The fundamental reason why the center of Extremadura is considered one of the best places for bird watching in Europe is its great diversity of habitats. Specifically, the area in which we live can enjoy in few kilometers at least 5 different habitats: Dehesa, open plains, reservoirs, rice fields and crags. In addition, it is a region with a percentage higher than 33% of its territory designated as protected natural areas, mostly belonging to the Natura 2000 network.
This habitat consists of large areas of open land where agriculture and extensive livestock rearing. cereal crops surfaces and pseudo steppe dotted with small ponds necessary to drink fauna on hard summer months. This is where we find most of the most exclusive birds of Extremadura, ie Great and Little Bustard, Stone Curlew, Collared Pratincole, Black-Bellied Sandgrouse, Pin-Tailed Sandgrouse, European Roller, Montegu’s Harrier, etc., plus be suitable for raptors and vultures.
Wetlands, rice fields
These are areas of intensive agriculture with fields flooded the most of the year, so they are suitable for waders, waders and raptors. Several species of gooses, Shelduck, Avocet, Black-winged Stilt, Plovers, Lapwings, Dunlin, Sandpipers, stints, Godwit, Snipes, Storcks, Egrets, Common Cranes, etc.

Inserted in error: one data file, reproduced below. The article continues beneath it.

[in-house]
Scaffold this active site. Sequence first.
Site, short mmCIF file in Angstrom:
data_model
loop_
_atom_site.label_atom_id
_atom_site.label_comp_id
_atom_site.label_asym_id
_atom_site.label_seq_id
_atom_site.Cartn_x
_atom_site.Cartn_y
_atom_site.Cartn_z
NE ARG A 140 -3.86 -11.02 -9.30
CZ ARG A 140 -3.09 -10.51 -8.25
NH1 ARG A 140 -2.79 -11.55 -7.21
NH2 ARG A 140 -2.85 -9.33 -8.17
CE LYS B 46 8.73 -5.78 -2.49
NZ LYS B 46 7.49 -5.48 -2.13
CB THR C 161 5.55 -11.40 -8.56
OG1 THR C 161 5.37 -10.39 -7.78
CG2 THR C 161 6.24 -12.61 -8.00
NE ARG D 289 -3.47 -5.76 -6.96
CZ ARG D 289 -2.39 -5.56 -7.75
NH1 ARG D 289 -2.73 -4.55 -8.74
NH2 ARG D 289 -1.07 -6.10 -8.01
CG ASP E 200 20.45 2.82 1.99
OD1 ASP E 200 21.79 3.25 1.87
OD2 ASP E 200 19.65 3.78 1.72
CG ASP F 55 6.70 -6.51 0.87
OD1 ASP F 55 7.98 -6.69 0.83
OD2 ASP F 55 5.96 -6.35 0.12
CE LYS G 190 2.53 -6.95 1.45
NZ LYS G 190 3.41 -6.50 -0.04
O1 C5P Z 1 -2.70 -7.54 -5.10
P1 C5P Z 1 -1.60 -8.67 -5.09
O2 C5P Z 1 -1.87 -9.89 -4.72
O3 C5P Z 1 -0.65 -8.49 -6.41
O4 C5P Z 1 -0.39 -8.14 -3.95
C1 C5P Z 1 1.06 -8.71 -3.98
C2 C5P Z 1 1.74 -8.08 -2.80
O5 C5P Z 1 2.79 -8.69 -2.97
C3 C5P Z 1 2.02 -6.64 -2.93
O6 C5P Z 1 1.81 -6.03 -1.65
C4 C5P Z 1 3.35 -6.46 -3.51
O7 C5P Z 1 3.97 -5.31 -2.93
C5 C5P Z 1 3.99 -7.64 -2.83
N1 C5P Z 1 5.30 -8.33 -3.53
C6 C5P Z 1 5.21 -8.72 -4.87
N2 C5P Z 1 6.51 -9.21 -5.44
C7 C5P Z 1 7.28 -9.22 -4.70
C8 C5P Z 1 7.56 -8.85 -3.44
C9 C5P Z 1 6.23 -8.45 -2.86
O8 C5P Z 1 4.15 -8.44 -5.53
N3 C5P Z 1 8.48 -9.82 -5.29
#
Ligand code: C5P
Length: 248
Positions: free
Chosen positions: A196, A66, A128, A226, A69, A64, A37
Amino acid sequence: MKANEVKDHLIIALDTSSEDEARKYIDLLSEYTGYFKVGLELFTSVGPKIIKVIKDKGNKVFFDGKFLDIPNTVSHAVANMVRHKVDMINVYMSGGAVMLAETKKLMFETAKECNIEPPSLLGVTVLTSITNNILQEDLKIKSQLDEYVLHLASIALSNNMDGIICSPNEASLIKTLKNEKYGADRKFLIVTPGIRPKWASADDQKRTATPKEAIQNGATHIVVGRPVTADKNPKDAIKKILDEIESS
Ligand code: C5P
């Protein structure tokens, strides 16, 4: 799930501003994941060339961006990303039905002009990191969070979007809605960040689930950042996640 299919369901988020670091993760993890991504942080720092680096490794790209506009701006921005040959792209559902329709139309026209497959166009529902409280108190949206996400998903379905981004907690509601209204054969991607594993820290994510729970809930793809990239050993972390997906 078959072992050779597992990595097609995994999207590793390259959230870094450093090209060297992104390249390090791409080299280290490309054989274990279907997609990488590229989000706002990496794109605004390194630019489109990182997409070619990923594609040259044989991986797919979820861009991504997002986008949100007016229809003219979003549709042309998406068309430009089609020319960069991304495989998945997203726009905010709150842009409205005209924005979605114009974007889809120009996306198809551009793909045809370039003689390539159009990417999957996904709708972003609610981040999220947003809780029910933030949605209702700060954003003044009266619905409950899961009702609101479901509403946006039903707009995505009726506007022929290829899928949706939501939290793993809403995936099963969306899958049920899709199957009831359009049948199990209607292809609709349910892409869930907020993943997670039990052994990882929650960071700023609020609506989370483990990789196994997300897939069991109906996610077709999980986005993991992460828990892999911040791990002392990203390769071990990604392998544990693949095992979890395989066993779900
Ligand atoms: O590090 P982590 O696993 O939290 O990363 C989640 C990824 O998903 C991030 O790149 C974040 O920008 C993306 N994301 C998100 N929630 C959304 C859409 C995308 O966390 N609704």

Several reservoirs surrounding agricultural areas, Alcollarín, Sierra Brava, Gargáligas, Orellana, etc. They are large expanses of water throughout the year where they take refuge at night many species of ducks, gulls and geese and waders, Egrets, Storks and Herons.
It is the characteristic habitat of the Iberian Peninsula. They are cattle extensions with oak forests where they can nest some prey such as Booted Eagle, Short-Toed Eagle, Black Kite and Black-winged Kite. It is the natural habitat for some species of warblers, tits, shrikes, Azur-winged Magpie, Chaffins, Common Cranes, etc.
Low mountain areas with abundant rocks, where nesting Griffon Vultures, Egyptian Vulture, Bonelli’s Eagle, Blue Rock Thrush, Rock Thrush, Crag Martin, Red-rumped Swallow, Black Stork, etc.